His next appearance is scheduled for January 24, at Surrey Provincial Court.

Meanwhile, Palmer said he was very upset by the news about Fisher and tried to downplay the impact it could have on the reputation of his force.

“Every day, our officers are faced with very difficult and challenging situations,” said Palmer. “Our officers build strong relationships with the community, and they act with integrity, courage, compassion and respect.”

http://www.cbc.ca/news/canada/british-columbia/vpd-detective-james-fisher-charged-with-sexual-exploitation-and-sex-assault-1.3915994

Chiefs Demand Investigation Into Death Of Aboriginal Teen In Vancouver’s DTES

Grand Chief Stewart Phillip, Union of B.C. Indian Chiefs. (Postmedia Network)

Grand Chief Stewart Phillip, Union of B.C. Indian Chiefs. (Postmedia Network)

By Red Power Media, Staff

The Union of B.C. Indian Chiefs is demanding police investigate the government agencies whose alleged inaction led to the overdose death of an aboriginal teenager in Vancouver’s Downtown Eastside (DTES).

Union President Grand Chief Stewart Phillip says workers in health care, education, policing and community agencies may have broken the law by repeatedly failing to report that Paige needed protection.

Provincial legislation states that failure to inform the government of a child needing protection is punishable by a fine of up to $10,000 and six months in jail.

Vancouver Police Chief Adam Palmer says that an investigation into Paige’s death is necessary and that it should be conducted at arm’s length by the RCMP.

Paige was only 19 years old when she died in Vancouver's notorious downtown eastside

Paige was only 19 years old when she died in Vancouver’s notorious downtown eastside

Paige was born to a 16-year-old mother in Kamloops.

At 16, Paige and her mother moved to Vancouver’s DTES. At that point, the total amount of moves her mother made was around 84. Paige would go on to move an additional 50 times before her death.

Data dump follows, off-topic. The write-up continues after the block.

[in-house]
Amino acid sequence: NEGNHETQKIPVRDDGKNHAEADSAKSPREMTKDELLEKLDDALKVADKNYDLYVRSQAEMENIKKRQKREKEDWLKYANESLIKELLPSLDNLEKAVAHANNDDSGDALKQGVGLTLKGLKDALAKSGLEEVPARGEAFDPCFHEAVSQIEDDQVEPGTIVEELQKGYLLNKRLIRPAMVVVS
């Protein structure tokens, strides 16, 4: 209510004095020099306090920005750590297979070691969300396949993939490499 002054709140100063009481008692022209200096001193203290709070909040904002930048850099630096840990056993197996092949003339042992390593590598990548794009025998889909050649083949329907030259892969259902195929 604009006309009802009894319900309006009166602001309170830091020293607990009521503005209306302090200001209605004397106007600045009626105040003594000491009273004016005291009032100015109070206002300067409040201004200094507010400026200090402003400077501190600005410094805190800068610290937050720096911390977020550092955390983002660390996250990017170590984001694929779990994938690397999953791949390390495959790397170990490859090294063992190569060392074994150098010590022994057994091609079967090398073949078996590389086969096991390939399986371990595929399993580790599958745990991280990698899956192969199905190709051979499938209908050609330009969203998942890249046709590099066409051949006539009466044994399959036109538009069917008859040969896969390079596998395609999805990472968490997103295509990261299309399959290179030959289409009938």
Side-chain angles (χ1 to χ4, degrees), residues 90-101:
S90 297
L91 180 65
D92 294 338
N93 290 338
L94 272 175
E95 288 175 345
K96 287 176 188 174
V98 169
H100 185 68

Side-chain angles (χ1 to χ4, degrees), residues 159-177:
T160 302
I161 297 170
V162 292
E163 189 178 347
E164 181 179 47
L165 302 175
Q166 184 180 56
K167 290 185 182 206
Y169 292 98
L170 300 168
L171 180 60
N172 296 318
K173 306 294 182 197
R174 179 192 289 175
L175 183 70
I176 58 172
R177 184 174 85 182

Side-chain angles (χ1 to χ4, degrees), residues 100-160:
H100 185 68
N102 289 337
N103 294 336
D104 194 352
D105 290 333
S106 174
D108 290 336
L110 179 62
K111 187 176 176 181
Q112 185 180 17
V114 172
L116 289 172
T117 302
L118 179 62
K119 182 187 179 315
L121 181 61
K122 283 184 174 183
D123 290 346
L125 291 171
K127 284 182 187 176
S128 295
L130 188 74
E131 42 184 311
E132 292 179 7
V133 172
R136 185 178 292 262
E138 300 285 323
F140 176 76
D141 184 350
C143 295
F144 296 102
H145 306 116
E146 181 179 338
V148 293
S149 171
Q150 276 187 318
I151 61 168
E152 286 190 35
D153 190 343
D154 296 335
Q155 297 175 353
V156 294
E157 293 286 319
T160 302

Paige died of a drug overdose in a public washroom near Oppenheimer Park in the DTES at 19-years-old. Her mother died 18-months later.

All of Paige's moves in a span of three years

                              All of Paige’s moves in a span of three years

A report released earlier this year by B.C.’s Representative for Children and Youth slammed the province.

In the lengthy report documenting Paige’s plight, a critic says apathy, incomplete reports and inaction from ministry workers were significant contributors to her continual homelessness and eventual death.

The Representative for Children and Youth Mary Ellen Turpel-Lafonde submitted a 50-page report “Paige’s Story: Abuse, Indifference and a Young Life Discarded,” to the legislative assembly of B.C. and hopes staff working in several ministry agencies will use it to change approaches towards children, particularly aboriginal children, navigating the system designed to protect them.

Paige’s story reveals the massive gap between understanding of the effects of trauma and the systems at the front line — the social workers, police, school staff and health care providers. Professional standards of care were not upheld in how Paige was treated, the report says.

The report raises intense concerns about the professional judgment of those in the system. Paige’s suffering is detailed in the report and it will sicken every reader to know that this happened in Vancouver’s DTES, under the watchful lens of a social services system that should have done better.